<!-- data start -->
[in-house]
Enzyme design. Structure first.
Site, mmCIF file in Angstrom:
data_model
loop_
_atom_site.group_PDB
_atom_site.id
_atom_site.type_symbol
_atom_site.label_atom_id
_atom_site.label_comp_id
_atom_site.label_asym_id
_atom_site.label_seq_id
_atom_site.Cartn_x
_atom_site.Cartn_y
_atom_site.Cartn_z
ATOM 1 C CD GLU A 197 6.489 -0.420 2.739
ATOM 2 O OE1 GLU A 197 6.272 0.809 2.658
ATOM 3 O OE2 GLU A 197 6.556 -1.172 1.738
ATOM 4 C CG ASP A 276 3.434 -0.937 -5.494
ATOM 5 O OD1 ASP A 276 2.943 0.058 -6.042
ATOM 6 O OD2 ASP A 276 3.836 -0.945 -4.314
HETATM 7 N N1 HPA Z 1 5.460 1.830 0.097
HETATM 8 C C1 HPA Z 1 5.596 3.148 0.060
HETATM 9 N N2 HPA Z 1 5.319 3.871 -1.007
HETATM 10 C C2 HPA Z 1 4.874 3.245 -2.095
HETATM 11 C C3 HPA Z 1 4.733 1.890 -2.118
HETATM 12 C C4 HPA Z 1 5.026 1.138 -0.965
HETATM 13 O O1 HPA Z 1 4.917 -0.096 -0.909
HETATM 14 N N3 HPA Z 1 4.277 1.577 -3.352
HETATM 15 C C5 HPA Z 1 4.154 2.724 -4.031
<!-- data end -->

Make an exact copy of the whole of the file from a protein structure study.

[in-house]
Enzyme design. Structure first.
Site, mmCIF file in Angstrom:
data_model
loop_
_atom_site.group_PDB
_atom_site.id
_atom_site.type_symbol
_atom_site.label_atom_id
_atom_site.label_comp_id
_atom_site.label_asym_id
_atom_site.label_seq_id
_atom_site.Cartn_x
_atom_site.Cartn_y
_atom_site.Cartn_z
ATOM 1 C CD GLU A 197 6.489 -0.420 2.739
ATOM 2 O OE1 GLU A 197 6.272 0.809 2.658
ATOM 3 O OE2 GLU A 197 6.556 -1.172 1.738
ATOM 4 C CG ASP A 276 3.434 -0.937 -5.494
ATOM 5 O OD1 ASP A 276 2.943 0.058 -6.042
ATOM 6 O OD2 ASP A 276 3.836 -0.945 -4.314
HETATM 7 N N1 HPA Z 1 5.460 1.830 0.097
HETATM 8 C C1 HPA Z 1 5.596 3.148 0.060
HETATM 9 N N2 HPA Z 1 5.319 3.871 -1.007
HETATM 10 C C2 HPA Z 1 4.874 3.245 -2.095
HETATM 11 C C3 HPA Z 1 4.733 1.890 -2.118
HETATM 12 C C4 HPA Z 1 5.026 1.138 -0.965
HETATM 13 O O1 HPA Z 1 4.917 -0.096 -0.909
HETATM 14 N N3 HPA Z 1 4.277 1.577 -3.352
HETATM 15 C C5 HPA Z 1 4.154 2.724 -4.031